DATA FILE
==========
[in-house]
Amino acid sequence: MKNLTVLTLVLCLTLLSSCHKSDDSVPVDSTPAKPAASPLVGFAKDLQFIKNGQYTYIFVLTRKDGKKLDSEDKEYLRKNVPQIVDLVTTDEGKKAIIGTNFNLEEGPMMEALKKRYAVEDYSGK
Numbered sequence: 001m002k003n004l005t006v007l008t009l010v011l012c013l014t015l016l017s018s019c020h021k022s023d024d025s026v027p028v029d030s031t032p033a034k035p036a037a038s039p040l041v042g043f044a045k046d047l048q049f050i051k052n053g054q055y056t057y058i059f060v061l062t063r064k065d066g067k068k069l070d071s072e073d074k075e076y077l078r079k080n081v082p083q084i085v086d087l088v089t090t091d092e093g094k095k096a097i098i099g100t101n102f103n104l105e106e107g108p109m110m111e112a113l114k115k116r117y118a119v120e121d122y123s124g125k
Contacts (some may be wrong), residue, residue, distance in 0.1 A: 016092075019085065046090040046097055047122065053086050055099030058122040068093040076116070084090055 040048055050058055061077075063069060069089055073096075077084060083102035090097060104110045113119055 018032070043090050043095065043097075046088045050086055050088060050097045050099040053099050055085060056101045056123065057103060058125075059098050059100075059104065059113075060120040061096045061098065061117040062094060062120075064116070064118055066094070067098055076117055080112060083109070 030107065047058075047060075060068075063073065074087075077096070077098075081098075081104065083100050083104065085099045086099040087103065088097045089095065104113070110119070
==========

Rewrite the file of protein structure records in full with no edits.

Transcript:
[in-house]
Amino acid sequence: MKNLTVLTLVLCLTLLSSCHKSDDSVPVDSTPAKPAASPLVGFAKDLQFIKNGQYTYIFVLTRKDGKKLDSEDKEYLRKNVPQIVDLVTTDEGKKAIIGTNFNLEEGPMMEALKKRYAVEDYSGK
Numbered sequence: 001m002k003n004l005t006v007l008t009l010v011l012c013l014t015l016l017s018s019c020h021k022s023d024d025s026v027p028v029d030s031t032p033a034k035p036a037a038s039p040l041v042g043f044a045k046d047l048q049f050i051k052n053g054q055y056t057y058i059f060v061l062t063r064k065d066g067k068k069l070d071s072e073d074k075e076y077l078r079k080n081v082p083q084i085v086d087l088v089t090t091d092e093g094k095k096a097i098i099g100t101n102f103n104l105e106e107g108p109m110m111e112a113l114k115k116r117y118a119v120e121d122y123s124g125k
Contacts (some may be wrong), residue, residue, distance in 0.1 A: 016092075019085065046090040046097055047122065053086050055099030058122040068093040076116070084090055 040048055050058055061077075063069060069089055073096075077084060083102035090097060104110045113119055 018032070043090050043095065043097075046088045050086055050088060050097045050099040053099050055085060056101045056123065057103060058125075059098050059100075059104065059113075060120040061096045061098065061117040062094060062120075064116070064118055066094070067098055076117055080112060083109070 030107065047058075047060075060068075063073065074087075077096070077098075081098075081104065083100050083104065085099045086099040087103065088097045089095065104113070110119070